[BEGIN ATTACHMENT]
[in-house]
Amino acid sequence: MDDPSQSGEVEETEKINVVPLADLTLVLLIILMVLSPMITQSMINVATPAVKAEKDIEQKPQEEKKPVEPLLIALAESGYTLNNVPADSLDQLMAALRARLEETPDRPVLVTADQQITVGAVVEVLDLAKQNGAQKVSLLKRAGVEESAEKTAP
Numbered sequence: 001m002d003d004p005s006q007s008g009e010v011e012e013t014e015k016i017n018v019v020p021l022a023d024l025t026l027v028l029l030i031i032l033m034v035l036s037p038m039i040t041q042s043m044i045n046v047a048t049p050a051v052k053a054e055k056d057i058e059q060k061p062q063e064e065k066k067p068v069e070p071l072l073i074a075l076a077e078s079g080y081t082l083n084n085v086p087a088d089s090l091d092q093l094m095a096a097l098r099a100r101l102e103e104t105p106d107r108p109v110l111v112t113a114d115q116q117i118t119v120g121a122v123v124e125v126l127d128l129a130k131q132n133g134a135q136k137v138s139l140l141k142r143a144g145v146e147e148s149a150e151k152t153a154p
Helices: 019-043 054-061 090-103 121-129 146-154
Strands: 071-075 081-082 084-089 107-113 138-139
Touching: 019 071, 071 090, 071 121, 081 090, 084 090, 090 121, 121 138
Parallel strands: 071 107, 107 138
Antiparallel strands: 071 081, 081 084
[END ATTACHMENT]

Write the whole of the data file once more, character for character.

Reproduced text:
[in-house]
Amino acid sequence: MDDPSQSGEVEETEKINVVPLADLTLVLLIILMVLSPMITQSMINVATPAVKAEKDIEQKPQEEKKPVEPLLIALAESGYTLNNVPADSLDQLMAALRARLEETPDRPVLVTADQQITVGAVVEVLDLAKQNGAQKVSLLKRAGVEESAEKTAP
Numbered sequence: 001m002d003d004p005s006q007s008g009e010v011e012e013t014e015k016i017n018v019v020p021l022a023d024l025t026l027v028l029l030i031i032l033m034v035l036s037p038m039i040t041q042s043m044i045n046v047a048t049p050a051v052k053a054e055k056d057i058e059q060k061p062q063e064e065k066k067p068v069e070p071l072l073i074a075l076a077e078s079g080y081t082l083n084n085v086p087a088d089s090l091d092q093l094m095a096a097l098r099a100r101l102e103e104t105p106d107r108p109v110l111v112t113a114d115q116q117i118t119v120g121a122v123v124e125v126l127d128l129a130k131q132n133g134a135q136k137v138s139l140l141k142r143a144g145v146e147e148s149a150e151k152t153a154p
Helices: 019-043 054-061 090-103 121-129 146-154
Strands: 071-075 081-082 084-089 107-113 138-139
Touching: 019 071, 071 090, 071 121, 081 090, 084 090, 090 121, 121 138
Parallel strands: 071 107, 107 138
Antiparallel strands: 071 081, 081 084